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Inside the Underground World of LA's Home Recording Studios

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Photos of three home recording studios by Elizabeth Daniels

In the ancient days of recording technology—say, 10 years ago—musicians, composers, engineers, and producers feeding the insatiable appetite of the entertainment industry had to travel to a pricey commercial studio to ply their trade. But as recording budgets have dropped and computers and audio software have become cheaper, smaller, and more effective, music pros have gone DIY, stepping out of the big studios and into their garages, guest houses, and add-ons, converting home spaces throughout Southern California.

Now LA and neighboring cities comprise arguably the country's largest enclave of professional-level home recording facilities—some permitted, many not—a fact that's taken a big bite out of the commercial studio business that once reigned supreme.

"They did take a hit, definitely," says Ellis Sorkin, president of Studio Referral Services in Calabasas, CA, a company that's been matching clients' recording needs with the appropriate studios since 1980. Of the roughly 30 major commercial facilities that existed in the area a decade ago, a third have closed or been sold "to producers and artists that had the wherewithal to buy these million-dollar-plus facilities and have their own complexes," Sorkin says.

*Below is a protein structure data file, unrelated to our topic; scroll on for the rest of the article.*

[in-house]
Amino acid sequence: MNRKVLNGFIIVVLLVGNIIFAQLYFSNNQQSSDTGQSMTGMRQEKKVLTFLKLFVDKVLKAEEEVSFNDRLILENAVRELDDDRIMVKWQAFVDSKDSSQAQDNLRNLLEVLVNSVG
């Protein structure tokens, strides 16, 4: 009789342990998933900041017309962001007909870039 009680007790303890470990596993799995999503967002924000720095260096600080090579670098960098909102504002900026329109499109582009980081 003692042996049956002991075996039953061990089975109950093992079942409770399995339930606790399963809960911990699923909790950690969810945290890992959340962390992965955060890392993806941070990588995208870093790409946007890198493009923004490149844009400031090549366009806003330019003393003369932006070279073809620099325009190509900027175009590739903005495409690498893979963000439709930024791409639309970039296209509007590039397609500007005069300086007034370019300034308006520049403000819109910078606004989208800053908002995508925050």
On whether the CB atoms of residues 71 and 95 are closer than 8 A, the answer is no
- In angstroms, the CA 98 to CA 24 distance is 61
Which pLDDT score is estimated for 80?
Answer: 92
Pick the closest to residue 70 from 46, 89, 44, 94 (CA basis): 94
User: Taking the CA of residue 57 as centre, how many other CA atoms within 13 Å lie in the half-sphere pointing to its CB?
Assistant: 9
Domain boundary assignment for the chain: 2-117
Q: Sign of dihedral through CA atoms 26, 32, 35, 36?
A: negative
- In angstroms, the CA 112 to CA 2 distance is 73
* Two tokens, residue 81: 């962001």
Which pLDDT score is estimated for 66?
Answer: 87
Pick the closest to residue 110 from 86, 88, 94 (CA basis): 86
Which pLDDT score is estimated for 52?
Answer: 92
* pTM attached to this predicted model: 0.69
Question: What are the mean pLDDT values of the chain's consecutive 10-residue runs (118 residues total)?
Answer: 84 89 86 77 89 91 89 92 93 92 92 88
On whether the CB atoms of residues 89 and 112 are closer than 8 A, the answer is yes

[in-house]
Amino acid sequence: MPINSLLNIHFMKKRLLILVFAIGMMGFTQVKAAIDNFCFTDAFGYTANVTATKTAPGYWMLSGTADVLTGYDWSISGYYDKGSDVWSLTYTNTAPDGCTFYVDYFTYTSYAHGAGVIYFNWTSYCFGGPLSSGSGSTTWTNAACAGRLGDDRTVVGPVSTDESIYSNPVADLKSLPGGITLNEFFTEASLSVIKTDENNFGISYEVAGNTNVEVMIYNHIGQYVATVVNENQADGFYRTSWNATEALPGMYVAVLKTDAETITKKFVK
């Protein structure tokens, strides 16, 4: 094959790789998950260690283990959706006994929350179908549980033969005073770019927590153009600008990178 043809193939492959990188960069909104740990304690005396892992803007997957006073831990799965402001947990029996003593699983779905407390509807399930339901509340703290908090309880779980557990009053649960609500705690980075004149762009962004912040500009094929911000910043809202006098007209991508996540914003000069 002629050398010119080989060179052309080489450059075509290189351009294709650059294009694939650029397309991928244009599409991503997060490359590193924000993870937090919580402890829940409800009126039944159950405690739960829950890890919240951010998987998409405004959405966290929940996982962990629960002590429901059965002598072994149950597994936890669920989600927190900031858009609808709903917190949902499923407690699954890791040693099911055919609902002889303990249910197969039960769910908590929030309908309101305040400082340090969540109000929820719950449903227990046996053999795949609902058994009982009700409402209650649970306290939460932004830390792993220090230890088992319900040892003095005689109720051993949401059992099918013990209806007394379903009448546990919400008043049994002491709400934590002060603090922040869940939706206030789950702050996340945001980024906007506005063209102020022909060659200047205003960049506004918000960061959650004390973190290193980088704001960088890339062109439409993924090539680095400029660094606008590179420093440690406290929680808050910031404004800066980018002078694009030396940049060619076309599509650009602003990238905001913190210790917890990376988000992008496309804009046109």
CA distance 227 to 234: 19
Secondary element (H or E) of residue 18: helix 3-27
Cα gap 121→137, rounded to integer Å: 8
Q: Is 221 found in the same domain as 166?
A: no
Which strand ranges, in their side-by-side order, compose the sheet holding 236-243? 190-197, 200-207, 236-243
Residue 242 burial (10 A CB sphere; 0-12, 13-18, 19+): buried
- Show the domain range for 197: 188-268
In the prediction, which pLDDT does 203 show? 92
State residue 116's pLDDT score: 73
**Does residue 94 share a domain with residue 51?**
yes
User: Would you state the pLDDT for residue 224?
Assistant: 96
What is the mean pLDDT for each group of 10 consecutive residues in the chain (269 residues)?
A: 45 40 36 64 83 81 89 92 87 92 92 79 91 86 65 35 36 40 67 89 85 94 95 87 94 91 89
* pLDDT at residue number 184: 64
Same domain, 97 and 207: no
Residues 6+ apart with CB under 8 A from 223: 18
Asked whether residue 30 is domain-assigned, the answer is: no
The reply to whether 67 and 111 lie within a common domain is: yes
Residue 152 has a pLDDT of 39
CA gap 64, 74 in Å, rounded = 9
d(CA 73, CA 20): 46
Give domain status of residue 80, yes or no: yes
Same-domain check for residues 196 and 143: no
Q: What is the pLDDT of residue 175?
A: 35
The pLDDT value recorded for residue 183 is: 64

His company, which deals with some 700 studios worldwide, includes in that number LA residential studios that are "significant. There are a number of them that are pretty serious professional set-ups."

Which makes sense, given that within LA County beats the dollar-pumping heart of the entertainment business. Now a huge portion of the music you hear is coming out of what insiders estimate as thousands of area home studios.

Though the construction and modification of some are legally permitted, most are reportedly not, a huge impetus for engineers, producers and musicians to keep their rogue garage studio quietly passing for a garage. Apparently, the keep-it-quiet technique actually works. Luke Zamperini, Chief Inspector for the City of Los Angeles Department of Building and Safety, says he's heard of "maybe four or five" studio-related complaints over his 23-year career.

"People convert their garages to other uses, and sometimes people make recording studios," he says. "If music is someone's hobby, that's not a problem, as long as they can provide the required two off-street covered parking spaces elsewhere on the property. But if it's a professional recording studio it needs to be in a commercial zone."

Commercial music studios aren't the only business excluded from residential zones, according to Article 2, Section 12.13.5, c. of the Los Angeles Municipal Code. Among the verboten are bootblack stands, rubber or metal stamp stores, typewriter or adding machine repair concerns, and, of course, "baths, Turkish and the like."

The code is evidently ignored by pretty much everyone with a professional home recording studio in LA. "It's gotten to the point where if you're a producer or an engineer or a musician and you don't own your own studio, you're not going to work," says producer/engineer/musician Greg (who requested that only his first name be used, as his studio is off the city's radar), who has garnered platinum and gold albums for production over a 20-year career.

"The big studios I worked in during the '90s were $1,500 a day minimum, and they'd have to pay me my $600 a day rate, so they were looking at $2,100 a day just to have an engineer/producer and a place to record in," he says. "Very few people have that kind of budget these days, and anyone with a credit card can walk into Guitar Center and buy insane amounts of recording gear, but you have to know how to run it and have the ears."